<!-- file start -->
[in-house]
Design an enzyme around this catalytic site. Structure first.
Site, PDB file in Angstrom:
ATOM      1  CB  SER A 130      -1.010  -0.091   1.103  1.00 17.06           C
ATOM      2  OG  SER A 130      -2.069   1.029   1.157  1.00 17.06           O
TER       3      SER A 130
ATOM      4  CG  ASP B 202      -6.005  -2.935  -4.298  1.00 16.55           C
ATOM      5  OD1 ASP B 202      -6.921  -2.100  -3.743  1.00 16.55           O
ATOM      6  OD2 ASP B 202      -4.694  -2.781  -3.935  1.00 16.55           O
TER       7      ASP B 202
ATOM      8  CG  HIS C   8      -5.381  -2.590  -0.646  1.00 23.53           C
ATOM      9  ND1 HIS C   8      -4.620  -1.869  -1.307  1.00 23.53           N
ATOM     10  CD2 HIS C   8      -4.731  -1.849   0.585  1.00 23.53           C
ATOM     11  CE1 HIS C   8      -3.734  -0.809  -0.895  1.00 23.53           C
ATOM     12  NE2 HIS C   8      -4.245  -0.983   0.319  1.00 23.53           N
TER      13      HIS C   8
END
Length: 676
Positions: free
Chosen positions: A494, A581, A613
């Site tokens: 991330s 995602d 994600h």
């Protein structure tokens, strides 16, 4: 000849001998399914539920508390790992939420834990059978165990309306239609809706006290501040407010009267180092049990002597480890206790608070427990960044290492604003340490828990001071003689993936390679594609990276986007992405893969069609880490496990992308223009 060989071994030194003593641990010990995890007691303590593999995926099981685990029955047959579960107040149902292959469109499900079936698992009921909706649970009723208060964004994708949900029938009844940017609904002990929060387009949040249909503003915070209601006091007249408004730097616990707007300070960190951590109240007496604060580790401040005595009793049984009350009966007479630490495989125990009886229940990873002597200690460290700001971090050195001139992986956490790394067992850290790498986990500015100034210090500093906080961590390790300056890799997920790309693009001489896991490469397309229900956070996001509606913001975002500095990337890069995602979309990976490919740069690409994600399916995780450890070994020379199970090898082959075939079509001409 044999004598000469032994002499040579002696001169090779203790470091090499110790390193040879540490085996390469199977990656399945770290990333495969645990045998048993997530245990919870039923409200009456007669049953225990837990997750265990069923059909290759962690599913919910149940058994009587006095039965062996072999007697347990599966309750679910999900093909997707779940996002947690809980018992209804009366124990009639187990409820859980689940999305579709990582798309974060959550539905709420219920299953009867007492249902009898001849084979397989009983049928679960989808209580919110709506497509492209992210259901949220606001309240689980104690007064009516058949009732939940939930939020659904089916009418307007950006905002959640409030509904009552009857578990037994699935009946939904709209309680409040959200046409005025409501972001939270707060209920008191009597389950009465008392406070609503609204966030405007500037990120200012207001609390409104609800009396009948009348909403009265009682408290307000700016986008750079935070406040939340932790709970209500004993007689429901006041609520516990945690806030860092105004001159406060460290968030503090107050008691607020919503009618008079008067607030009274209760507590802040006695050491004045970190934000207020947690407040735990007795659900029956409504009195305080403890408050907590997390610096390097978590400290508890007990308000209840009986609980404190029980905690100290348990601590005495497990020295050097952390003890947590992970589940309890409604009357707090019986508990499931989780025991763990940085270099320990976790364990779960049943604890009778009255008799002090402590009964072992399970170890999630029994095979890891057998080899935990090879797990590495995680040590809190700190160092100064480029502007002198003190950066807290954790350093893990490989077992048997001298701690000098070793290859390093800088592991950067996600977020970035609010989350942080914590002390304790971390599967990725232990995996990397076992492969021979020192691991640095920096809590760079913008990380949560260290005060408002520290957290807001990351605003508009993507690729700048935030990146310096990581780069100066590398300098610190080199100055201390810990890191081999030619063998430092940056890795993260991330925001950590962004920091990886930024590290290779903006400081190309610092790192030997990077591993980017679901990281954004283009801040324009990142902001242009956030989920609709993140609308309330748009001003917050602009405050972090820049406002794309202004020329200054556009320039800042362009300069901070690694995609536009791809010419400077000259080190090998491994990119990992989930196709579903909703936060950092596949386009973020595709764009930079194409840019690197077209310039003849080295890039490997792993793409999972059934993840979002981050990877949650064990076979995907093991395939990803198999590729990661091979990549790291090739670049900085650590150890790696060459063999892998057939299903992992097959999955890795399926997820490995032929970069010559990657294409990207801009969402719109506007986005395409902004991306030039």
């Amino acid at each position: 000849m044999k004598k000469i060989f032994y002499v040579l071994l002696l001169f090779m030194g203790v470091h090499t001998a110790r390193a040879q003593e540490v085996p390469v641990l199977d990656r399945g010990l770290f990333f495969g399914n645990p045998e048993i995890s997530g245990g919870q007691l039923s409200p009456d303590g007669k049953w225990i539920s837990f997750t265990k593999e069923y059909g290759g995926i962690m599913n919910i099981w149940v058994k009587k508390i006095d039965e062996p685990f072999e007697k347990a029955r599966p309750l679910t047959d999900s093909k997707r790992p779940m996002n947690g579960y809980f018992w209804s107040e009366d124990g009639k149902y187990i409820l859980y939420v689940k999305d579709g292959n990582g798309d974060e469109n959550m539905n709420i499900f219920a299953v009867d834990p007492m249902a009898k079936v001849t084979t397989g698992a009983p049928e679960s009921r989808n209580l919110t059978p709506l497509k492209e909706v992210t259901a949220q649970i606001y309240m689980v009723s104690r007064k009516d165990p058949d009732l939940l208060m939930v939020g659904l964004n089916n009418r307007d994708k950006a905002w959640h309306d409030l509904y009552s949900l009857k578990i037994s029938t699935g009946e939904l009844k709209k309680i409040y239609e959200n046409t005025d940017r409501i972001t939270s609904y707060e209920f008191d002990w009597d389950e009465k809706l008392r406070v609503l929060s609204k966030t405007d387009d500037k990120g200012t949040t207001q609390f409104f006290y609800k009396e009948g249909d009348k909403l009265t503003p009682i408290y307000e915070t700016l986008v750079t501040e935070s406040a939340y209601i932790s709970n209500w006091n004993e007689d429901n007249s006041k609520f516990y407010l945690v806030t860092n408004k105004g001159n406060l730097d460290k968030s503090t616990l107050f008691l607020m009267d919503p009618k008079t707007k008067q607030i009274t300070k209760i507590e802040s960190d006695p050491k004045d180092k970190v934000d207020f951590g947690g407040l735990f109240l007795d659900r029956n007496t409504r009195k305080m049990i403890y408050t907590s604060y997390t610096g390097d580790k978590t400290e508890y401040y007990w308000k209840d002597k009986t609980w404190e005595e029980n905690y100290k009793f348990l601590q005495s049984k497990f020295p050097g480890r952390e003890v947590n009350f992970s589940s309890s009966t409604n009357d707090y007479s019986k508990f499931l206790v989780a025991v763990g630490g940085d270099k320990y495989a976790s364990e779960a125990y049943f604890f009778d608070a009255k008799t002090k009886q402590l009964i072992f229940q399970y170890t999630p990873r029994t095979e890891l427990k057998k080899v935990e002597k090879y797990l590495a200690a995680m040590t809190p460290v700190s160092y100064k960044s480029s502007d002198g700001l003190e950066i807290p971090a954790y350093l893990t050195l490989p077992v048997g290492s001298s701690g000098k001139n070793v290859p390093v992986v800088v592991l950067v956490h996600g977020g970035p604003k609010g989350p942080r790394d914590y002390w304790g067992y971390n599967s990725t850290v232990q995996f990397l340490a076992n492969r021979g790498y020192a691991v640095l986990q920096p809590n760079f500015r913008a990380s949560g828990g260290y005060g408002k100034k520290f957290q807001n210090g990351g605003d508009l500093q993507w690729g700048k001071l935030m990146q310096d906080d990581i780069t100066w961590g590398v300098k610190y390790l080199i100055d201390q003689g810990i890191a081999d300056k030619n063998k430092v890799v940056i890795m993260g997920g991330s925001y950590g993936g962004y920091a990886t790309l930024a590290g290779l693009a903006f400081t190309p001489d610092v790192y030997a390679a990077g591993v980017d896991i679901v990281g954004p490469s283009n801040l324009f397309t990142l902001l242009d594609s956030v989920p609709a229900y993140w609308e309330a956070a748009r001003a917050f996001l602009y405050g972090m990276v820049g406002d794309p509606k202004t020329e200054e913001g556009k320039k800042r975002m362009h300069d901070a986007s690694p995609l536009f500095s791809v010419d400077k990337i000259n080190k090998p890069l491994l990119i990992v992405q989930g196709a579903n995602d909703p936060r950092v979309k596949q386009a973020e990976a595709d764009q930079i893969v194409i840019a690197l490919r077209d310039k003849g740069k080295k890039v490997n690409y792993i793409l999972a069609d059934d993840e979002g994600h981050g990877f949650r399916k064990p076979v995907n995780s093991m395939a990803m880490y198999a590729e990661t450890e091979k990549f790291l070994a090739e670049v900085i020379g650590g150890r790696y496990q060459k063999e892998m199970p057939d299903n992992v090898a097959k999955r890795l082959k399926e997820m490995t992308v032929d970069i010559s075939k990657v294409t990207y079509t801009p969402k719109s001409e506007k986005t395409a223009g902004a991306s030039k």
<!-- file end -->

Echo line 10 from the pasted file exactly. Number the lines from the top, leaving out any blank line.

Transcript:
TER       7      ASP B 202